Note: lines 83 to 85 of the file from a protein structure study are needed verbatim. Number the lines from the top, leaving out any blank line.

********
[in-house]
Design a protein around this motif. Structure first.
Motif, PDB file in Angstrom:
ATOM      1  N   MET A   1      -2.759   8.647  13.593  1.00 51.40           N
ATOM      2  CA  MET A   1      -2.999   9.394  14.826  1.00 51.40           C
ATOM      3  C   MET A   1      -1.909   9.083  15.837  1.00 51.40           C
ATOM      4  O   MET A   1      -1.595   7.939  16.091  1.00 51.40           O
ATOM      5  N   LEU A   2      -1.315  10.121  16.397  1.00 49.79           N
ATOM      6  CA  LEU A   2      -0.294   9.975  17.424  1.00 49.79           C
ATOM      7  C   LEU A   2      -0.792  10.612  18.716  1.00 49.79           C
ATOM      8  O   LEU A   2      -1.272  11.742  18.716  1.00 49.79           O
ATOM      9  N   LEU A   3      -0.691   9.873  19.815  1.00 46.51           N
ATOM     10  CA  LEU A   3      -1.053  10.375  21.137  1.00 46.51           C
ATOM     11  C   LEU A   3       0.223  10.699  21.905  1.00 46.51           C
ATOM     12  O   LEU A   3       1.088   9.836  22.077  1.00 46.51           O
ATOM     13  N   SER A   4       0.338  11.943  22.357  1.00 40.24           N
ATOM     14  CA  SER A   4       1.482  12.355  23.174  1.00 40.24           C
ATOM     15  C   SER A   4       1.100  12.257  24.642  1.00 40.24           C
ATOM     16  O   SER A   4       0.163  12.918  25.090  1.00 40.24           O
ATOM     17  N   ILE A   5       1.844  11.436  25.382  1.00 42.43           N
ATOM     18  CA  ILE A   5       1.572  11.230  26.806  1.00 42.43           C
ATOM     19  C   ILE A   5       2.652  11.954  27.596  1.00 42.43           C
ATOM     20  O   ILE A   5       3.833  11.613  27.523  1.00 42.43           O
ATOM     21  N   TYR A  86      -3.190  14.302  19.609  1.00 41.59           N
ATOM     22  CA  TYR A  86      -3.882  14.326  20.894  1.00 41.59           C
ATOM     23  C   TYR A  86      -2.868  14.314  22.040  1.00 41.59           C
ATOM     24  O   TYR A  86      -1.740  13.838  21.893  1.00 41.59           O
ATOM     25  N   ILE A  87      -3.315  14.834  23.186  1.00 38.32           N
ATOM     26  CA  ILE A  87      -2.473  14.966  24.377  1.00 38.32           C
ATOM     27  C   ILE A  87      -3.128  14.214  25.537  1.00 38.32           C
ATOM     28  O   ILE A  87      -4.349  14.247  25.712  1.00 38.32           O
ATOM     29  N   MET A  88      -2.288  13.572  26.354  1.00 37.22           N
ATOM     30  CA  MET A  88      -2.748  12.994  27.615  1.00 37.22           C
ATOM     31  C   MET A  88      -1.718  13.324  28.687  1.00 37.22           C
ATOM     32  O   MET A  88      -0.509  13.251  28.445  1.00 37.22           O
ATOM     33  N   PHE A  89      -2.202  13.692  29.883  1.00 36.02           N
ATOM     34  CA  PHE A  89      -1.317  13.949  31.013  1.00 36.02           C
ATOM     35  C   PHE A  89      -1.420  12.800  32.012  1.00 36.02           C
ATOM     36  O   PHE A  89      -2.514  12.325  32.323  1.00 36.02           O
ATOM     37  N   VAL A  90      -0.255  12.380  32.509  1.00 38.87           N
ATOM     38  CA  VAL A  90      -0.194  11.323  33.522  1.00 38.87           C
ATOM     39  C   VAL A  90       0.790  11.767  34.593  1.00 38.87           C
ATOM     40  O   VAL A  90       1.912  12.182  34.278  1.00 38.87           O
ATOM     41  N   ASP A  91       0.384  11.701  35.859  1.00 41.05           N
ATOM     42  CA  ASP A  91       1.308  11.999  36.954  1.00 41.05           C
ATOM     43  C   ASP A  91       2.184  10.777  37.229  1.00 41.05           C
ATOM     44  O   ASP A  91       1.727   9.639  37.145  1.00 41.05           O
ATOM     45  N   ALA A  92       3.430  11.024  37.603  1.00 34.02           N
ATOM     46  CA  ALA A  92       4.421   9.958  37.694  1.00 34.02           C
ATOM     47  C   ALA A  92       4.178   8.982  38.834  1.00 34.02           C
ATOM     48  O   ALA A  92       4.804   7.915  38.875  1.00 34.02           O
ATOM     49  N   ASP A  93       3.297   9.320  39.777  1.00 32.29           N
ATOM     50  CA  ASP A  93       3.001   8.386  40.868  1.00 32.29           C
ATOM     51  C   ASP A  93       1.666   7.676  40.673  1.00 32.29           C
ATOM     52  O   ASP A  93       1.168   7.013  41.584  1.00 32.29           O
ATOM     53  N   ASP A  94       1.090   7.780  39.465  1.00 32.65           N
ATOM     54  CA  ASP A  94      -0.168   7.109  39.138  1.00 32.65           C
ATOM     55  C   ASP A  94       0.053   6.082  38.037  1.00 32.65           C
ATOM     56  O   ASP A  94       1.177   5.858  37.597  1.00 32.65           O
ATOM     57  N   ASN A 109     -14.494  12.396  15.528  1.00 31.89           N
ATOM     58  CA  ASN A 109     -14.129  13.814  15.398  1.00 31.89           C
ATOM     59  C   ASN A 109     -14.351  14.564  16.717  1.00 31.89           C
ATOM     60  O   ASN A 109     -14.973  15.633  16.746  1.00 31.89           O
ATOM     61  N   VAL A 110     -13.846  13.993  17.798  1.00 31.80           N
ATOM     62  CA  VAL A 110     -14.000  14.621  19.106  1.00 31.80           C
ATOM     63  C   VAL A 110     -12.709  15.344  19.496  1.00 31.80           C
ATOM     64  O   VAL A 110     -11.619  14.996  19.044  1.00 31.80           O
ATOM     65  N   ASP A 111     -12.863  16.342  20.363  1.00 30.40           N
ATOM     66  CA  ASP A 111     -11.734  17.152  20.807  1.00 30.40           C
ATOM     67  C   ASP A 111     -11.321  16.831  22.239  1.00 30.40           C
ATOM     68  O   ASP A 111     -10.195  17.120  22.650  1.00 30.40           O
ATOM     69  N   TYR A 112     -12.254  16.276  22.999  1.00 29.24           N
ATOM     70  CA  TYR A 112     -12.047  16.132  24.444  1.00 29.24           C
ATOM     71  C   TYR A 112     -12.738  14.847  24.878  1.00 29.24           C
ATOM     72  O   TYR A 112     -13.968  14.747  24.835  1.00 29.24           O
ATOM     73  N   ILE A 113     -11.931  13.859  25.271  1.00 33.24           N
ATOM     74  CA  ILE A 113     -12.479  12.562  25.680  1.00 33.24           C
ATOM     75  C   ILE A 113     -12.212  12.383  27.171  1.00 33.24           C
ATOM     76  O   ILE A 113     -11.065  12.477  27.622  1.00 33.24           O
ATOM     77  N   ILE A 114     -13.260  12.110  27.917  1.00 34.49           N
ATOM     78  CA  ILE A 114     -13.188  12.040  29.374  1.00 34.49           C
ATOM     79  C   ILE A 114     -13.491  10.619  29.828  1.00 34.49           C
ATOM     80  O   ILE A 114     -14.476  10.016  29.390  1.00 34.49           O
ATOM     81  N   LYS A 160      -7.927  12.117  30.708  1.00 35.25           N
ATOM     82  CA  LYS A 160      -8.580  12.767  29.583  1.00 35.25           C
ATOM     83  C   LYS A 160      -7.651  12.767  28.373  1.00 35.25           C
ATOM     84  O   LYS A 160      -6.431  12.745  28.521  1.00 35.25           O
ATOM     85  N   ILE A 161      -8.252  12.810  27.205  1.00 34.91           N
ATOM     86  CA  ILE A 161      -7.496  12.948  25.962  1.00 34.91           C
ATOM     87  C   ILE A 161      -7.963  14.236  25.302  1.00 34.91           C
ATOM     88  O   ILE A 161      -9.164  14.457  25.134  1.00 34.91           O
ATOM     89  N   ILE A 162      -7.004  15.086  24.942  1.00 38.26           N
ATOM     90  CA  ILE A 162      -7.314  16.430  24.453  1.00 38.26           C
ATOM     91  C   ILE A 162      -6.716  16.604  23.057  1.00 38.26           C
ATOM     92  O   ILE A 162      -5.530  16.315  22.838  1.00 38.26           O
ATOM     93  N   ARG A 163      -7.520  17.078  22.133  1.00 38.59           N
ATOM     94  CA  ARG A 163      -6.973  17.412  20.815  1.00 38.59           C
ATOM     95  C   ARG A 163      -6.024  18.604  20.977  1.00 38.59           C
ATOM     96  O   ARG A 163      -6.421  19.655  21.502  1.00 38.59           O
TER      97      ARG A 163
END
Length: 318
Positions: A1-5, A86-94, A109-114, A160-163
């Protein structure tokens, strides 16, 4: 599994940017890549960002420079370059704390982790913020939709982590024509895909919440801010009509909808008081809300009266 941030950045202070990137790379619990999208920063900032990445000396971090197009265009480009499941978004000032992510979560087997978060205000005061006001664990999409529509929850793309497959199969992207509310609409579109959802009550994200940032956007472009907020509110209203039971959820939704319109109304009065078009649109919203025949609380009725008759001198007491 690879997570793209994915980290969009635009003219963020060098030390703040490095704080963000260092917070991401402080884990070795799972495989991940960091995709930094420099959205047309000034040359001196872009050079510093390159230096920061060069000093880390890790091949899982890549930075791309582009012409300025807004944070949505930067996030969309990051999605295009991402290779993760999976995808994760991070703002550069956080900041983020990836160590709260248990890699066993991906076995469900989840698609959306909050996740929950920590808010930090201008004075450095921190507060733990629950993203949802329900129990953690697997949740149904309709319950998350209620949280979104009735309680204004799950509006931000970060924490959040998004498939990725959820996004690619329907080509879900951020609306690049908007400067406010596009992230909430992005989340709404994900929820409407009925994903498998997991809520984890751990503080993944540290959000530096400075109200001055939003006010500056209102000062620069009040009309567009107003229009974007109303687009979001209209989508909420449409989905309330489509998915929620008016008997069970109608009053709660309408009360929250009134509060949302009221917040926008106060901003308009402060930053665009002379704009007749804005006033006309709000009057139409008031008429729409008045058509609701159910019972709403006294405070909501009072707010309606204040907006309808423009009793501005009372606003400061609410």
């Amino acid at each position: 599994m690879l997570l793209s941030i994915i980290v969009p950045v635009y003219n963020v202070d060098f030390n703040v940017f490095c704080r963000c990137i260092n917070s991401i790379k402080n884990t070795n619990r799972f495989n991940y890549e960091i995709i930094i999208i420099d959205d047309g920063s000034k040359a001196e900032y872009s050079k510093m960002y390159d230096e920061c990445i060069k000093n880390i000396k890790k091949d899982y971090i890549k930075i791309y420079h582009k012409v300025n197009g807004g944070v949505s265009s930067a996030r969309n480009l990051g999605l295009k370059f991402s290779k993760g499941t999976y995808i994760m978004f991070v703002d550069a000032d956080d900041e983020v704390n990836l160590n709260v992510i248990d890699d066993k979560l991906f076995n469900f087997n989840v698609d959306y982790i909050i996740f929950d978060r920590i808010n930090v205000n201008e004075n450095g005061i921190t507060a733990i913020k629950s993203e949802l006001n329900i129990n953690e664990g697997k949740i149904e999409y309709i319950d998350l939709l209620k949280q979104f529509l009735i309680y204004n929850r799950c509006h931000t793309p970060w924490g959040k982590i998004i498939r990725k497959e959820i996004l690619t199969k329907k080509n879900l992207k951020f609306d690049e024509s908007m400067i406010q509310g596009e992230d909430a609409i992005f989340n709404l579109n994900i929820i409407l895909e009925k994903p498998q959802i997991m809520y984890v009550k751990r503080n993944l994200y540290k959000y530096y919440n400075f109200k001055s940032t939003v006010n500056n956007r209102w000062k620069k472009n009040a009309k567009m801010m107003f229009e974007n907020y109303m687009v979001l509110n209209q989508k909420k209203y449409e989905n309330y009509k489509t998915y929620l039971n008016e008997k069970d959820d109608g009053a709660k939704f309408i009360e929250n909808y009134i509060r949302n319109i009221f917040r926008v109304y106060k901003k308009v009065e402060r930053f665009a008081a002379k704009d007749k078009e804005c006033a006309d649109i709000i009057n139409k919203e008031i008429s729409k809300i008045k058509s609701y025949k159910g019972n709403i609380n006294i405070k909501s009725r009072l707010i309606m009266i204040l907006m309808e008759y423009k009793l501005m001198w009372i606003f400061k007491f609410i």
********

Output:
ATOM     80  O   ILE A 114     -14.476  10.016  29.390  1.00 34.49           O
ATOM     81  N   LYS A 160      -7.927  12.117  30.708  1.00 35.25           N
ATOM     82  CA  LYS A 160      -8.580  12.767  29.583  1.00 35.25           C